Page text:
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Microball makes its debut in Mayo


FUN The St Louis CS TY students, pictured with their teachers Amy Hopkins (far left) and Marie Flanagan (centre right), alongside Microball creater Keith Francis during last Thursday’s demonstration.

The new sport of microball was piloted in St Louis CS, Kiltimagh recently

Ger Flanagan

SOME students at St Louis CS, Kiltimagh were introduced to the first ever demonstration of the new sport of microball recently in their school gym.
Microball is the brainwave of Kerry native Keith Francis, and is a team sport with similar principles to Olympic Handball. Two five-a-side teams aim to collect the most points by the end of each quarter, with five points being rewarded for a goal, three for throwing the ball over the bar, and two for ‘wides’ – throwing the ball slightly wide of the posts.
The team who wins a total of three quarters wins the game.
“It’s been in my head for about 15 years now and it’s only really been in the last year or so that I got around to actually codifying it,” Keith Francis told The Mayo News. “I took influences from a lot of sports, Olympic Handball, Gaelic [football], soccer, Australian Rules and soccer even to make it happen.
“It’s going great too. I think it’s actually being played as I expected it to be played. Obviously whenever a new sport is played there is always going to be teething problems, but from what I’ve seen so far, it definitely seems viable.”
By all accounts the Transition Year students of Kiltimagh, under the tutelage of teachers Amy Hopkins and Marie Flanagan, appeared to be enjoying themselves when The Mayo News visited.
From the outside looking in, the biggest difficulty seemed to be the small racquetball ball being used.
During the demonstration game, the likes of goalkeeper Cara Walsh, Shane McHugh, Chloe Houlihan, Ava Lavelle and Rory McCabe seemed to be adapting well, while Irish international soccer star Hanna Ueno took to it like a duck to water.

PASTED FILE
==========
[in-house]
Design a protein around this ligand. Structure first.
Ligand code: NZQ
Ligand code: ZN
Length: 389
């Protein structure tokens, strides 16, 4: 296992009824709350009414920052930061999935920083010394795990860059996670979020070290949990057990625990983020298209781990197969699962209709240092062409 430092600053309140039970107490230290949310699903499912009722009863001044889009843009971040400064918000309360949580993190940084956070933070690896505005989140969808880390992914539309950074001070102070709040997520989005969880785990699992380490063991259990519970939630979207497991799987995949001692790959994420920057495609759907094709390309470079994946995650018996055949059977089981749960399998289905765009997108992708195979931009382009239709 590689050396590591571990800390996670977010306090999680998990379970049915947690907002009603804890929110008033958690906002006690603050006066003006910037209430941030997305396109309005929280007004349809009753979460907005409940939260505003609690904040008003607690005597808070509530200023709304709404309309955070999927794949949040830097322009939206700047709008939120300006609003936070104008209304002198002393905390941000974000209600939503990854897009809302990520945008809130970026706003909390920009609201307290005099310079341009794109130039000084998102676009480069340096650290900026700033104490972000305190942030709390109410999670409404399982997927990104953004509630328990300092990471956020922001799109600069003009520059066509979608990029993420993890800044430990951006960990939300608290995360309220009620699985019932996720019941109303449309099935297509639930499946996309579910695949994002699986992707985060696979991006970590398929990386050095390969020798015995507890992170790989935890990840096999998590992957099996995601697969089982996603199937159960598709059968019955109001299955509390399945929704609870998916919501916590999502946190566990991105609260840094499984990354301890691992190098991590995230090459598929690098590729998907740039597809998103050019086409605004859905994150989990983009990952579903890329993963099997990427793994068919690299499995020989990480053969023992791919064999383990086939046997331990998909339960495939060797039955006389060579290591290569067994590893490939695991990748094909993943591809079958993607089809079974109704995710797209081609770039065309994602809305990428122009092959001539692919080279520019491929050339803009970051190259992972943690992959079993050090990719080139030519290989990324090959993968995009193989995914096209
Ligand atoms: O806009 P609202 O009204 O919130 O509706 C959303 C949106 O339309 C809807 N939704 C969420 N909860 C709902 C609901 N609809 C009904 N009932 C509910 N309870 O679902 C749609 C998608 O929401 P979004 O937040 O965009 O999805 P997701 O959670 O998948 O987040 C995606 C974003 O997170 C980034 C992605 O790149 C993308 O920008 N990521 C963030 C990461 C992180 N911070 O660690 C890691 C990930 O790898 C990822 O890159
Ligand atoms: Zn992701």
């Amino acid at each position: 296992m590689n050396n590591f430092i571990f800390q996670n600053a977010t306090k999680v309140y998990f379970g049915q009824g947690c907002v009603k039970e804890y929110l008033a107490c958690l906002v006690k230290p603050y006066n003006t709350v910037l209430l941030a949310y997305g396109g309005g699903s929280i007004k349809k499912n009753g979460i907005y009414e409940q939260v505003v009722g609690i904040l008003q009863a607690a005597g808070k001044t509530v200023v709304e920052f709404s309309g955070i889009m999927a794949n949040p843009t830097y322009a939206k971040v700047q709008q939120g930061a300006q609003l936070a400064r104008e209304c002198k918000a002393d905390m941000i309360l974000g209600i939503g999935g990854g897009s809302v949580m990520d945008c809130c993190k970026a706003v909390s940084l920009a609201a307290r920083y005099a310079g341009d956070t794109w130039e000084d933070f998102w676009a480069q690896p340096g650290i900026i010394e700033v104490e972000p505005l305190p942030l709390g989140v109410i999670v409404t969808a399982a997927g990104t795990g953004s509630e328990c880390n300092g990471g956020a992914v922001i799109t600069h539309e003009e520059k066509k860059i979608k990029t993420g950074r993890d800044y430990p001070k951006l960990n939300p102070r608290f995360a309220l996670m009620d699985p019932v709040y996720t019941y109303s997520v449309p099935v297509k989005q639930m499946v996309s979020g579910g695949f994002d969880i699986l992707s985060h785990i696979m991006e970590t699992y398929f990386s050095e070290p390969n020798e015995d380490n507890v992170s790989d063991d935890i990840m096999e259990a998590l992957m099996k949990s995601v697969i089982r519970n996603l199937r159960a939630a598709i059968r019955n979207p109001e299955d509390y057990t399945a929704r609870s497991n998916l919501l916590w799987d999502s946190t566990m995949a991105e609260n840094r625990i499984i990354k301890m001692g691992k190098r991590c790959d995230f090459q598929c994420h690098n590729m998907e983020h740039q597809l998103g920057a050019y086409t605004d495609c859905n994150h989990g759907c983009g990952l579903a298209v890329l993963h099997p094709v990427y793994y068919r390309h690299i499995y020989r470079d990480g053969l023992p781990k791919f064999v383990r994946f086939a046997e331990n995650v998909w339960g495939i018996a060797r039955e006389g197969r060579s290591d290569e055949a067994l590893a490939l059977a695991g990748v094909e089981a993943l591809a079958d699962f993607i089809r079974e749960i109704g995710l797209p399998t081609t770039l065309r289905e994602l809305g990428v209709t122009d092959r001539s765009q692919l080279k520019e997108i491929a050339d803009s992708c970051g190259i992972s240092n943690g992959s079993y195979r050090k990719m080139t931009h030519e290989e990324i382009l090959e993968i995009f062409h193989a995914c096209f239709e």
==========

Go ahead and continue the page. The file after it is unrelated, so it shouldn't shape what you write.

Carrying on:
“It has the same basics as soccer,” Ueno told The Mayo News. “It’s all about moving around and using your team-mates. The ball is small, but it makes it more fun.
“It’s not too physical either. It’s all about possession and keeping it away from the enemy. I won’t give up the soccer for it yet, but I would play it again.”
Fellow student Jack McGovern added that he ‘will certainly try it again’.
Some interesting aspects to the game include the 30-second limit during which a team has to try and work a score before the ball is turned over; or the four seconds and two steps allowed in possession before a bounce can be taken.
“We’re always open to trying new sports here in St Louis,” PE teacher Marie Flanagan said. “Microball is great for developing the basic fundamental skills such as moving, throwing and catching.”
The game is still very much in its infancy, but with a demonstration in Tuam the following day, Keith Francis was trying his hardest to get it up and running.
One thing is for certain, if people match a fraction of his enthusiasm, it should prove popular.
“The aim is to bed the sports in and hopefully get a few clubs set up in Dublin where I’m based,” he said. “But of course I’m happy to incorporate all takers. Ultimately the sport is not going to be able to rely on just one or two people, it’s going to need several to take it all in and survive.
“At first the response from the studwents was one of amusement, but they seemed to be interested and went along with it. So hopefully the reaction will be positive.”

For more information on the sport contact Keith at

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